A CRASH Network survey of more than 1,200 collision repairers found the nation’s largest auto insurers lag far behind smaller and regional rivals when it comes to handling their customers’ claims.
As the publication noted, customers might compare insurers based solely on price and get into collisions so infrequently that they have no idea which insurer will truly have their back during the claims process — and which carriers are more likely to complicate or even promote inadequate repairs.
“Collision repairers interact with these companies every day,” CRASH Network owner and editor John Yoswick said in a statement. “We think their perspective on which companies do the best job taking care of policyholders – and which ones have some room for improvement – can be a valuable tool for drivers as they consider which insurer to choose.”
Of the nation’s Top 10 largest carriers, only USAA, Travelers and State Farm made it into the Top 50 graded insurers — but none of the trio placed higher than 41st (USAA), according to an Executive Summary. All three got a B-, and the national average was a lower B-.
This seems to bear out data from CRASH Network’s “Who Pays for What?” surveys that find USAA and State Farm the most willing of the Top 6 carriers to reimburse shops asking for various not-included operations — though such payments are not a given.
But forty other smaller or regional insurers are still a better bet for customers, based on the 2017 Insurer Report Card. The study received responses from 1,221 collision repairers in all 50 states, and each participant graded an average of 17 insurers active in their state out of what nationwide worked out to be 136 graded insurers. The study ended up listing 86 carriers.
GEICO, the No. 2 insurer in the country, was seen as the worst of the Top 10 in the 2017 Report Card, ranking 76th overall and earning a “C.”
A email to GEICO seeking comment early Thursday afternoon had not yet been returned.
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North Carolina Farm Bureau came out as the best insurer in the country (receiving an A), followed by Nos. 2 and 3 Grinnell Mutual and Acuity Insurance, both rating an A-. Acuity seems to have the largest national footprint of those three.
“Many consumers won’t have seen or heard advertisement after advertisement for North Carolina Farm Bureau, Grinnell Mutual or Acuity Insurance, but shops graded these companies as among the best when it comes to taking care of customers after a claim,” Yoswick said in a statement. “You have to look fairly far down the rankings before you find one of the best-known and largest auto insurers, but most consumers will find an insurer or two among the 15 highest-graded who offer auto insurance policies in their state.”
Two of the nation’s 25 largest auto insurers did make the Report Card’s list of the top 10 in the country: AAA of Southern California (No. 11 in market share; No. 7 on Report Card with a B+), and Erie Insurance (No. 12 in market share; No. 8 on Report Card with a B+)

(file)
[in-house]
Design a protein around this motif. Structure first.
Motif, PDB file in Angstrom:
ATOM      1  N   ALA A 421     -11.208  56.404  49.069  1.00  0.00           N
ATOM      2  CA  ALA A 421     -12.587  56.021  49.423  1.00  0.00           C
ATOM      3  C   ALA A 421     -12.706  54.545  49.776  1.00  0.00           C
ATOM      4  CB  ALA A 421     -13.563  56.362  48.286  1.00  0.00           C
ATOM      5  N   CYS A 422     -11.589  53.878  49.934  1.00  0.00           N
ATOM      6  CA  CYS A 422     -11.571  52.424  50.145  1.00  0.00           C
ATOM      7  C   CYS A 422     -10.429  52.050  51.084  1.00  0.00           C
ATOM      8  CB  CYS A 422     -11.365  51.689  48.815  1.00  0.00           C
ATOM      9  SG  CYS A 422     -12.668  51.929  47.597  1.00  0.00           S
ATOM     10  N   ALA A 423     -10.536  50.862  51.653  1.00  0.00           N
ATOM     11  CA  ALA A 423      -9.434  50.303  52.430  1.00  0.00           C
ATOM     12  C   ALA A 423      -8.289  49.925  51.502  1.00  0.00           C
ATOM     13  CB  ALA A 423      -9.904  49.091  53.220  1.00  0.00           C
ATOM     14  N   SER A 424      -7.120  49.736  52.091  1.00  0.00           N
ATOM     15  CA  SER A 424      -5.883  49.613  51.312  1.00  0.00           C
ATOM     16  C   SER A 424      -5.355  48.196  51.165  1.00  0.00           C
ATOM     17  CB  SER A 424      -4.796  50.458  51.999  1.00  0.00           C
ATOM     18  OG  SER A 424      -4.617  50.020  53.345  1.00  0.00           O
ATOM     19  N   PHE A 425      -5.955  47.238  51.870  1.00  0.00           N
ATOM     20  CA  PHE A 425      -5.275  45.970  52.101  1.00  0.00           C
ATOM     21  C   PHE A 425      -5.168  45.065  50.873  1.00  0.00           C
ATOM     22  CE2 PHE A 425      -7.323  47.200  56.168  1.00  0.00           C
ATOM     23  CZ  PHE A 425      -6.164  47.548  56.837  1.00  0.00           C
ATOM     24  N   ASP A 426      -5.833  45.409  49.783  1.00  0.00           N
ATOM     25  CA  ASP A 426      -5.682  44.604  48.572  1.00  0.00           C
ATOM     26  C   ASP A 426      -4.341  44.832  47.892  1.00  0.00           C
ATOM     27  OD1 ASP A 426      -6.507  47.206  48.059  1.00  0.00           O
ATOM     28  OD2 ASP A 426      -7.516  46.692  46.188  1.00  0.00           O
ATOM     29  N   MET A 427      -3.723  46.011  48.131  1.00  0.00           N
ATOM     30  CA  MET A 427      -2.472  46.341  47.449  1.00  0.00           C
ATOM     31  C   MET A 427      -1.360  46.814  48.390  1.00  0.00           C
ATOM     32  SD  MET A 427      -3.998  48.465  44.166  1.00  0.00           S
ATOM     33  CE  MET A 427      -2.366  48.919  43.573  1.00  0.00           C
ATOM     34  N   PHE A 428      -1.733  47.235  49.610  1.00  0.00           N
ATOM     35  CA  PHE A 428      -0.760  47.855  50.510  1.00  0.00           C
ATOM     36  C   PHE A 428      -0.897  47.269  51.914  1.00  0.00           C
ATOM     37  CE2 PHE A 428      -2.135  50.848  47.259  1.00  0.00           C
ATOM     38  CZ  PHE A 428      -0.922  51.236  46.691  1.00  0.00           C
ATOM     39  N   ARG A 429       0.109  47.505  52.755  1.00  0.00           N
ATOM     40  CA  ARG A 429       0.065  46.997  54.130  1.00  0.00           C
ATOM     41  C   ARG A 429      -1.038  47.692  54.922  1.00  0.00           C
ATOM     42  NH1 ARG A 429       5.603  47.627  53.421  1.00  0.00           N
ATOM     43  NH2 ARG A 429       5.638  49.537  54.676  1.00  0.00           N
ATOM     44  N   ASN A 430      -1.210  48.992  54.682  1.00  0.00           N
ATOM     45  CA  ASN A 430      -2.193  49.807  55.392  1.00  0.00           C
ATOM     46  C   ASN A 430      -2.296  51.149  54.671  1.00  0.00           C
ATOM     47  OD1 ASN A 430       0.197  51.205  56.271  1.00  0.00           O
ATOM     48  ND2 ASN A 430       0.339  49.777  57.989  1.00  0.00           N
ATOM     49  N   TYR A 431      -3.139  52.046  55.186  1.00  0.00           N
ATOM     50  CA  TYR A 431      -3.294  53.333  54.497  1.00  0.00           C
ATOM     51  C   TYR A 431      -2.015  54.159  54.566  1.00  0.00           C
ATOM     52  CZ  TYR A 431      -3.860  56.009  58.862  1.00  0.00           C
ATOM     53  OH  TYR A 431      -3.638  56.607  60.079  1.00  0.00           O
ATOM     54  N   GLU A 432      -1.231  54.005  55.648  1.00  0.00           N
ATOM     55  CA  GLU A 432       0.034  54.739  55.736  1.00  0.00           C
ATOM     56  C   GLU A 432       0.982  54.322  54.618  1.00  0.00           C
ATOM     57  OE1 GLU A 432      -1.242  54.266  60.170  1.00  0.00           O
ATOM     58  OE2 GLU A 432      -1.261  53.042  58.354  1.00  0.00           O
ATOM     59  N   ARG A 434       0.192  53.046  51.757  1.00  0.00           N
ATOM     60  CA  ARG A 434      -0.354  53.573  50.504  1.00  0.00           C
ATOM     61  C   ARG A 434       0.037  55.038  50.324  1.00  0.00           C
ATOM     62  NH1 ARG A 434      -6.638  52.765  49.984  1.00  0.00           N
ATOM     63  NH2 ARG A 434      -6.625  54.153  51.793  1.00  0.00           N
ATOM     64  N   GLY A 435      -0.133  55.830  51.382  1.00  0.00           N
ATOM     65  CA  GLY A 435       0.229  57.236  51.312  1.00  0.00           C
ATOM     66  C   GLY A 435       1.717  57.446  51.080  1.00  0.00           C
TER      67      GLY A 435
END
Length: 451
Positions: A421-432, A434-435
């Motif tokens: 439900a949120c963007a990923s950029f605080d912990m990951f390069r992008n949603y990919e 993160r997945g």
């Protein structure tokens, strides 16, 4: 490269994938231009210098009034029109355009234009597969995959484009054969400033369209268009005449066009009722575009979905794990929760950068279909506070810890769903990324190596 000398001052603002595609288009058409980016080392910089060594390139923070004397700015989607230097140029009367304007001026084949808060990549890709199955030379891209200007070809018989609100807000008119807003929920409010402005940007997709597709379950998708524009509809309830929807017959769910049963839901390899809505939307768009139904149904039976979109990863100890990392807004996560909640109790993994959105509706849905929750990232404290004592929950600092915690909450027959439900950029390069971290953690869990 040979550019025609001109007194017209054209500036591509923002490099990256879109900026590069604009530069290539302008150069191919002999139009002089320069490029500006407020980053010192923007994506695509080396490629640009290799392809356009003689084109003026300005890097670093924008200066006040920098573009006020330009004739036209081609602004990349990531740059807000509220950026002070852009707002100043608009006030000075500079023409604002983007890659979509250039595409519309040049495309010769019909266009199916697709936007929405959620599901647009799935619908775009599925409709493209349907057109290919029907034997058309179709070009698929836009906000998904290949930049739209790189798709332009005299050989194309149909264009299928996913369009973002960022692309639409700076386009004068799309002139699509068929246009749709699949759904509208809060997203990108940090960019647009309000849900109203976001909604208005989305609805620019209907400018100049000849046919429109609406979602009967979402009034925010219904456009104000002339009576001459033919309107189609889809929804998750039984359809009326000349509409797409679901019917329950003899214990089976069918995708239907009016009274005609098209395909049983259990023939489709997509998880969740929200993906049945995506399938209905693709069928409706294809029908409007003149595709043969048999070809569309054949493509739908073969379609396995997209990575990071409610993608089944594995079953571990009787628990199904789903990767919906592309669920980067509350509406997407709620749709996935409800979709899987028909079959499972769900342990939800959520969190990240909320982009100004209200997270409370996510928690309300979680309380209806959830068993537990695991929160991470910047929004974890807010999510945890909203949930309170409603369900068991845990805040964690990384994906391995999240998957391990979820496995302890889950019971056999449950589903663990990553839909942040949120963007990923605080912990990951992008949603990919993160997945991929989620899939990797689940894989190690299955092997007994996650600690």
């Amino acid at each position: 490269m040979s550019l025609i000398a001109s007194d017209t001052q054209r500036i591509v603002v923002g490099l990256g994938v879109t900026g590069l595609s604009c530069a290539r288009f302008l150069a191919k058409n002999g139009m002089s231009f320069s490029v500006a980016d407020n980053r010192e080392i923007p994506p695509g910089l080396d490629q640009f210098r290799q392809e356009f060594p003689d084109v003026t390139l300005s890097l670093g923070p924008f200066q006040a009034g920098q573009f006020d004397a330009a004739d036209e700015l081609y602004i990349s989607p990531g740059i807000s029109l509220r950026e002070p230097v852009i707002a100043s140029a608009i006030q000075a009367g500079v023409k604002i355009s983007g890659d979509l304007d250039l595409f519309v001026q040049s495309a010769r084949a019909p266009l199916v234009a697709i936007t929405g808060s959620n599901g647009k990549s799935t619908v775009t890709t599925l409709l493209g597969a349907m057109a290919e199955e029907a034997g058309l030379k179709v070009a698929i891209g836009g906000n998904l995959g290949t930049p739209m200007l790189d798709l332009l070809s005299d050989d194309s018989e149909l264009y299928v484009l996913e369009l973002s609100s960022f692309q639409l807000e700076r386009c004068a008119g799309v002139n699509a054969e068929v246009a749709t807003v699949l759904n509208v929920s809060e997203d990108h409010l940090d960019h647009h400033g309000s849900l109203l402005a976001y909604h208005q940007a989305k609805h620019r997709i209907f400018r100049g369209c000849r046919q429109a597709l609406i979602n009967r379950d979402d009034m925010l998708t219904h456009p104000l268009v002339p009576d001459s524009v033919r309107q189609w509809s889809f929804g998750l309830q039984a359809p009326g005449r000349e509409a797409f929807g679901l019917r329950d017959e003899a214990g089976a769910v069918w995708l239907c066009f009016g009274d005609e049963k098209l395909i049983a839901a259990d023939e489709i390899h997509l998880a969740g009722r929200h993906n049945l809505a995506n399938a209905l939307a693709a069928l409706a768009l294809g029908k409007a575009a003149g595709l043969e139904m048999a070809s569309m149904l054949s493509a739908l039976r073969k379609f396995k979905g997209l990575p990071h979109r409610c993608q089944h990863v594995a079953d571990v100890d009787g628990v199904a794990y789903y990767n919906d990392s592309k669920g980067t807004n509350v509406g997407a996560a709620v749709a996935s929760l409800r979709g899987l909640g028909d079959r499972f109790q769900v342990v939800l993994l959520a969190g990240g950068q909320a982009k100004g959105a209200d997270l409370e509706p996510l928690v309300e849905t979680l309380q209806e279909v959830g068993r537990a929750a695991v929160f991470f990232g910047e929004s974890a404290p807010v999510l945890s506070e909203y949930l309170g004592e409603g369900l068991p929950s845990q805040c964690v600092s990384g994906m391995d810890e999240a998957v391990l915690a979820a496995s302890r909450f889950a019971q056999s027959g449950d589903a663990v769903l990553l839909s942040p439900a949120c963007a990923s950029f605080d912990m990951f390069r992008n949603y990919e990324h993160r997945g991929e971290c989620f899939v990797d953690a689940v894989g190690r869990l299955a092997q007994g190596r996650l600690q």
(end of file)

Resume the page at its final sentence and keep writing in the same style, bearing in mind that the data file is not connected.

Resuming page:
Shops assigned insurers a grade between A+ and F on this question: “How well does this insurer’s claims handling policies, attitude and payment practices ensure quality repairs and customer service for motorists?”
Respondents also were asked to state whether they were part of a direct repair program and encouraged to give feedback to explain their grade:
Judging by the more than 10,000 comments those repair professionals submitted while grading the insurers, there are several key traits that the high-scoring insurers have in common. Among the top five insurers, for example, repairers repeatedly used phrases such as, ‘cares for the customer,’ ‘quality repair,’ ‘easy to work with,’ ‘fast response’ and ‘hassle-free.’ One repairer, for example, noted about Mutual of Enumclaw (ranked 4th in the nation), “They ask us only to repair the vehicle as if it were our own, and in a timely manner. This company trusts us to take care of their needs, while taking care of the customer’s needs as well.”
CRASH Network reported that shops had more than 10,000 comments about the low-scoring insurers as well.
Repairers often used phrases such as, ‘does not care about the quality of the repair,’ ‘pushes us to use cheapest/lowest quality parts available,’ ‘does not follow manufacturer repair specifications,’ ‘hard to deal with,’ ‘inexperienced adjusters’ and ‘only cares about cost.’ Commenting on one of the lowest-ranked insurers, one repairer wrote, “Adjusters never answer the phone. [They push for] all aftermarket parts on all cars, even [newer vehicles] with less than 2,000 miles, and do not pay for necessary procedures to properly repair a vehicle.”
Besides being a valuable resource for consumers, this is the kind of research a shop or even a carrier’s competitor might want to promote to their customers. Downloading the free executive summary produces a document yielding the top insurers in one’s state as well as nationally.
For example, Auto-Owners Insurance, which ranked 15th nationally with a B, was No. 1 in our home of Michigan with an A-. Differences between a carrier at the state and national level might reflect variations in local adjusters and their managers.
“Just as medical providers see how health insurers process claims, collision repair shops interact with auto insurers on a daily basis, so we feel it’s worthwhile to ask their opinion on how well those insurers treat car owners after an accident,” Yoswick said. “We believe their views will be of interest to insurance companies and consumers.”
CRASH Network, Sept. 20, 2017
Featured image: Some insurers are better than others for auto body shops and customers during the claims reimbursement process. (jokerpro/iStock)